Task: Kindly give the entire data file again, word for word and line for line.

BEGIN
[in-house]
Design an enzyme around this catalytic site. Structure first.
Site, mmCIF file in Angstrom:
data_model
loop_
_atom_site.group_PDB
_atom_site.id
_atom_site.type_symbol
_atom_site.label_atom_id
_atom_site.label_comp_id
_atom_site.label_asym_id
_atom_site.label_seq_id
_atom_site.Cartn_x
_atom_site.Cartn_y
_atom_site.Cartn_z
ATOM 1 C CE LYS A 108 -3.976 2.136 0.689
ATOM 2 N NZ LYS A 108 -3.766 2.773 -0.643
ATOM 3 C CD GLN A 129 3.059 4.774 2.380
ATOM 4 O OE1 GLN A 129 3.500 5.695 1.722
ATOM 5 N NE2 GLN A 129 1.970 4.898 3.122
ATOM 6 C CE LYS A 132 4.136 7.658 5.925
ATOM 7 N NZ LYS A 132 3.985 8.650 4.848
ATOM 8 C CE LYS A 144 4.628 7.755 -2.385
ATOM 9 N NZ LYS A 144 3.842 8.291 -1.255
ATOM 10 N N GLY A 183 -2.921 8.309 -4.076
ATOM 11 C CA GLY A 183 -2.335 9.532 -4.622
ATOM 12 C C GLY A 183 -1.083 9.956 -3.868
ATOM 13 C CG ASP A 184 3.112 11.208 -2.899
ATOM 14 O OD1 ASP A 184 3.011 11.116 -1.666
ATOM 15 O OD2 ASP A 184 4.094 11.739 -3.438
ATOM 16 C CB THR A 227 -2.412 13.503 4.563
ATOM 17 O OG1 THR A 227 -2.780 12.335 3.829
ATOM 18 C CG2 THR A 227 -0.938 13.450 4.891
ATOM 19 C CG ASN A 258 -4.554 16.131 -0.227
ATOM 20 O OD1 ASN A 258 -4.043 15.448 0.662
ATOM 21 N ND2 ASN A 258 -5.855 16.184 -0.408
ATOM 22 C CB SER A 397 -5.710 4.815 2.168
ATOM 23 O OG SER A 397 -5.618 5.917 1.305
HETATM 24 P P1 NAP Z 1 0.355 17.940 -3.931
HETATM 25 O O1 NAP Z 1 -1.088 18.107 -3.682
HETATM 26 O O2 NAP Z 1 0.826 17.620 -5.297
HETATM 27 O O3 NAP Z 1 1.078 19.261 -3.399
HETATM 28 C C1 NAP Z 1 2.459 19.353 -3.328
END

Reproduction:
[in-house]
Design an enzyme around this catalytic site. Structure first.
Site, mmCIF file in Angstrom:
data_model
loop_
_atom_site.group_PDB
_atom_site.id
_atom_site.type_symbol
_atom_site.label_atom_id
_atom_site.label_comp_id
_atom_site.label_asym_id
_atom_site.label_seq_id
_atom_site.Cartn_x
_atom_site.Cartn_y
_atom_site.Cartn_z
ATOM 1 C CE LYS A 108 -3.976 2.136 0.689
ATOM 2 N NZ LYS A 108 -3.766 2.773 -0.643
ATOM 3 C CD GLN A 129 3.059 4.774 2.380
ATOM 4 O OE1 GLN A 129 3.500 5.695 1.722
ATOM 5 N NE2 GLN A 129 1.970 4.898 3.122
ATOM 6 C CE LYS A 132 4.136 7.658 5.925
ATOM 7 N NZ LYS A 132 3.985 8.650 4.848
ATOM 8 C CE LYS A 144 4.628 7.755 -2.385
ATOM 9 N NZ LYS A 144 3.842 8.291 -1.255
ATOM 10 N N GLY A 183 -2.921 8.309 -4.076
ATOM 11 C CA GLY A 183 -2.335 9.532 -4.622
ATOM 12 C C GLY A 183 -1.083 9.956 -3.868
ATOM 13 C CG ASP A 184 3.112 11.208 -2.899
ATOM 14 O OD1 ASP A 184 3.011 11.116 -1.666
ATOM 15 O OD2 ASP A 184 4.094 11.739 -3.438
ATOM 16 C CB THR A 227 -2.412 13.503 4.563
ATOM 17 O OG1 THR A 227 -2.780 12.335 3.829
ATOM 18 C CG2 THR A 227 -0.938 13.450 4.891
ATOM 19 C CG ASN A 258 -4.554 16.131 -0.227
ATOM 20 O OD1 ASN A 258 -4.043 15.448 0.662
ATOM 21 N ND2 ASN A 258 -5.855 16.184 -0.408
ATOM 22 C CB SER A 397 -5.710 4.815 2.168
ATOM 23 O OG SER A 397 -5.618 5.917 1.305
HETATM 24 P P1 NAP Z 1 0.355 17.940 -3.931
HETATM 25 O O1 NAP Z 1 -1.088 18.107 -3.682
HETATM 26 O O2 NAP Z 1 0.826 17.620 -5.297
HETATM 27 O O3 NAP Z 1 1.078 19.261 -3.399
HETATM 28 C C1 NAP Z 1 2.459 19.353 -3.328